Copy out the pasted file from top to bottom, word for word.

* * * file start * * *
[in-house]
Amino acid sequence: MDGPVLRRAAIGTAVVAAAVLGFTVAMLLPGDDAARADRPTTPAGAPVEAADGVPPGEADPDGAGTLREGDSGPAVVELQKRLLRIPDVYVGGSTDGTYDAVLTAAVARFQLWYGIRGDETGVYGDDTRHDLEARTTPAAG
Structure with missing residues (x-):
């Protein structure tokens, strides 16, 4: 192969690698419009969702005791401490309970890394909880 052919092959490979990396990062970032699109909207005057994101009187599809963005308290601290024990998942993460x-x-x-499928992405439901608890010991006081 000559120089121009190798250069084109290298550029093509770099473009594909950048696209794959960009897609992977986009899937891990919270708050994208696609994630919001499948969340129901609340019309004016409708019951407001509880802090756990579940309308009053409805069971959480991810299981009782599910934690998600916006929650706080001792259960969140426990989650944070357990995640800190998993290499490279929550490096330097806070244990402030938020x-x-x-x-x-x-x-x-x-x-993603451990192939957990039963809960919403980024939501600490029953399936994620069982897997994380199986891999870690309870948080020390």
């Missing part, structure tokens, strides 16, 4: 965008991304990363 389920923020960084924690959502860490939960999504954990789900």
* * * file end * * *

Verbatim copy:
[in-house]
Amino acid sequence: MDGPVLRRAAIGTAVVAAAVLGFTVAMLLPGDDAARADRPTTPAGAPVEAADGVPPGEADPDGAGTLREGDSGPAVVELQKRLLRIPDVYVGGSTDGTYDAVLTAAVARFQLWYGIRGDETGVYGDDTRHDLEARTTPAAG
Structure with missing residues (x-):
């Protein structure tokens, strides 16, 4: 192969690698419009969702005791401490309970890394909880 052919092959490979990396990062970032699109909207005057994101009187599809963005308290601290024990998942993460x-x-x-499928992405439901608890010991006081 000559120089121009190798250069084109290298550029093509770099473009594909950048696209794959960009897609992977986009899937891990919270708050994208696609994630919001499948969340129901609340019309004016409708019951407001509880802090756990579940309308009053409805069971959480991810299981009782599910934690998600916006929650706080001792259960969140426990989650944070357990995640800190998993290499490279929550490096330097806070244990402030938020x-x-x-x-x-x-x-x-x-x-993603451990192939957990039963809960919403980024939501600490029953399936994620069982897997994380199986891999870690309870948080020390």
């Missing part, structure tokens, strides 16, 4: 965008991304990363 389920923020960084924690959502860490939960999504954990789900």